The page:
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Lunar vehicles
Lunar vehicles - Assorted Soviet Lunar vehicles - clockwise from upper left: LK manned lander. Lunokhod manned traverse crawler. E-6 photographic soft lander. E-8 landing site scout (with solar panels to power homing beacon, soil qualities probe, soil return capsule). Alternate Lunokhod manned rover design.

Credit: Andy Salmon. 35,833 bytes. 373 x 309 pixels.

Program: LEK. Objective: Manned. Type: Lunar base.

After the N1-launched Zvezda project was cancelled, the new head of NPO Energia, Glushko, still considered the establishment of a moon base to be a primary goal for his country. While the Americans had achieved the first moon landing, it was known that all moon flights after Apollo 17 had been cancelled. There existed an opportunity, through establishment of a permanent moon base, to steal the lead in the space race once again. Furthermore, analysis of the results of the previous unmanned and manned indicated that the moon was suited for a variety of 'special investigations', and that a permanent lunar expeditionary complex (LEK) would be required to accomplish this.

To launch the elements of the LEK, Glushko designed a new launch vehicle, the Vulkan. The Vulkan would use the LOX/LH2 engine technology developed for the US Space Shuttle in the core stage. This would be surrounded by six strap-on boosters, using LOX/Kerosene engines, to be developed by NPO Yuzhnoye in the Ukraine. This use of cryogenic propellants represented a complete turnaround for Glushko, who had advocated use of storable but toxic rocket propellants in a bitter fight with Korolev and Mishin for fifteen years.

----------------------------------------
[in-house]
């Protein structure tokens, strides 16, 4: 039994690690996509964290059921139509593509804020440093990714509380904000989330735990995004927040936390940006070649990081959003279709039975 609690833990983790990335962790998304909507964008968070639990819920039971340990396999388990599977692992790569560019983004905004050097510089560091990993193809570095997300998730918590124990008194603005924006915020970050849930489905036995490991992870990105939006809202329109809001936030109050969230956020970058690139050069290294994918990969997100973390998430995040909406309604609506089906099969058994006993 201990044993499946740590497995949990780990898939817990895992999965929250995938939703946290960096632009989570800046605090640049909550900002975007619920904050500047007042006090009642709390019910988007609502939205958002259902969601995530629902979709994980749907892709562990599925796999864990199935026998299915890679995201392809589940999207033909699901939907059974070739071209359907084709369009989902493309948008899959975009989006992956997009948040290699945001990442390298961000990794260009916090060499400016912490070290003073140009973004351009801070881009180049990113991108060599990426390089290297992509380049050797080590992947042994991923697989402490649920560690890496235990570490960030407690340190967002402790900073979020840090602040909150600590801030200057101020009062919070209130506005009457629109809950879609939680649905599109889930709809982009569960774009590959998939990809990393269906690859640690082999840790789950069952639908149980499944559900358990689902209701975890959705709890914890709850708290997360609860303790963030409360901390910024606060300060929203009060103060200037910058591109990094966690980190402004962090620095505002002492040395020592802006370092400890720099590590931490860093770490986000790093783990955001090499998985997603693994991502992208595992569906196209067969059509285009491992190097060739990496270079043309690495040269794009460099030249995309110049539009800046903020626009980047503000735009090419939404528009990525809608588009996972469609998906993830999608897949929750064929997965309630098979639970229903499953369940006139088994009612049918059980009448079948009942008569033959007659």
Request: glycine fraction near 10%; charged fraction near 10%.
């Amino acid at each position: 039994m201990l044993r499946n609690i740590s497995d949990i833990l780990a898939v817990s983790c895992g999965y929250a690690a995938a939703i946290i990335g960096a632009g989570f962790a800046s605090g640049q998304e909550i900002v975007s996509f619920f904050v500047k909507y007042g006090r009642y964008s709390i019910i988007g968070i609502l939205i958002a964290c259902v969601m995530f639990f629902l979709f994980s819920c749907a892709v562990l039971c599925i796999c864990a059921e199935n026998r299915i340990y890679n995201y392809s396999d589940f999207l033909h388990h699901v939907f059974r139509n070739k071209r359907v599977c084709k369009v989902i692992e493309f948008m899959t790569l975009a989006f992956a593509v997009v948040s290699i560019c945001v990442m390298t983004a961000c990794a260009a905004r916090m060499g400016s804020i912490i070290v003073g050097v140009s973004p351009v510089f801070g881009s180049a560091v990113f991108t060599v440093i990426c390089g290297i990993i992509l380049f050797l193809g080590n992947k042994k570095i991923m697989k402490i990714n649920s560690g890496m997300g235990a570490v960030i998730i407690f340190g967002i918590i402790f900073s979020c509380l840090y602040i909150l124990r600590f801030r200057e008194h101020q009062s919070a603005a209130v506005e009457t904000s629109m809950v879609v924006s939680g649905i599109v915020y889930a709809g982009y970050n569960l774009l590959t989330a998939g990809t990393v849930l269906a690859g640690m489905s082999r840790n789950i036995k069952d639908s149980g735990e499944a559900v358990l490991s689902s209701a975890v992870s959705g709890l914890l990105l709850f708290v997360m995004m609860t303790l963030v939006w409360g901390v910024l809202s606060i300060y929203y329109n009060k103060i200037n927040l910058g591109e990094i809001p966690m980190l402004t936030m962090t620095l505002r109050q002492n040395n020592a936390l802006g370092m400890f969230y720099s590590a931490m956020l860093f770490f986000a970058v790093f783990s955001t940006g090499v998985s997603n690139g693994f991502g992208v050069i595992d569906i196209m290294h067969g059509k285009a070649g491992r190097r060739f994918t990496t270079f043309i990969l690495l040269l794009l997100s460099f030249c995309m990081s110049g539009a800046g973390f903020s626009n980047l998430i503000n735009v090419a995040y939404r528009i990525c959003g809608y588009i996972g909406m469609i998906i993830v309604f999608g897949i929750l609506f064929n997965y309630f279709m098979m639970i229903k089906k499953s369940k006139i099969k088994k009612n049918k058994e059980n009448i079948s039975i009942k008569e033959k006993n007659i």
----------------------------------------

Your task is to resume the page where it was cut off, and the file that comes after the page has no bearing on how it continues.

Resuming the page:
The Vulkan was designed to deliver 230 tonnes into a 200 km low earth orbit; 60 tonnes to lunar orbit; and 22 tonnes to the lunar surface.

The LEK consisted of expeditionary and transport lunar spacecraft (Chief Designer K D Bushchev) and equipment for the permanent base station (Chief Designer I S Prudnikov).

The expeditionary and transport craft consisted of:

The equipment of the permanent base station consisted of:

The LEK was expected to conduct a wide variety of scientific and engineering studies: Preceding construction of the LEK would be reconnaissance by unmanned craft developed by Lavochkin. These would conduct cartographic surveys, study the relief of the lunar surface, and obtain soil samples to a depth of 10 m from prospective sites. As in the earlier Zvezda concept, the landers, having surveyed the site, would act as a radio location beacon for the precision landing of follow-on elements of the complex.

Delivery of the components of the LEK would be in three stages:

Thereafter it would be necessary to resupply the base once a year with consumable supplies. Additional Vulkan launches would be made to rotate crews to the permanent base as necessary.

The LEK study and initial Vulkan design were completed by the end of 1975. However the Academy of Sciences Expert Commission decided that the LEK Project should be deferred into the next century. Soon thereafter all of NPO Energia's efforts were directed to support development of the reusable launch vehicle Energia/Buran.

A modified version of the LEK was proposed in the 1980's using the Energia launch vehicle. Because of the much lower payload capability of the Energia (88 tonnes to low earth orbit versus the 230 tonnes of the Vulkan) this would use a new LOK lunar orbital spacecraft (unrelated to the earlier Soyuz-based LOK) and an LK lander based on the Vulkan LEK lander. The LOK and LK lander would be inserted into lunar orbit by separate Energia launches. As in the earlier projects, prior to the Energia launches an unmanned Lunokhod would scout the region, allowing selection of a suitable landing site, and serve as a landing beacon for the precision LK landing. After rendezvous and docking in lunar orbit, three of the five crew aboard the LOK would transfer to the LK and descend to the lunar surface. After 5 to 10 days on the surface, the ascent stage of the LK would return to lunar orbit, and the crew would transfer back to the LOK. The LOK would remain in lunar orbit for a full lunar day (29 days) until returning to earth. This proposal did not attract support and further development of the concept was not continued. Thus ended lunar base studies in Russia. Major Events: .

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Last update 12 March 2001.
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© Mark Wade, 2001 .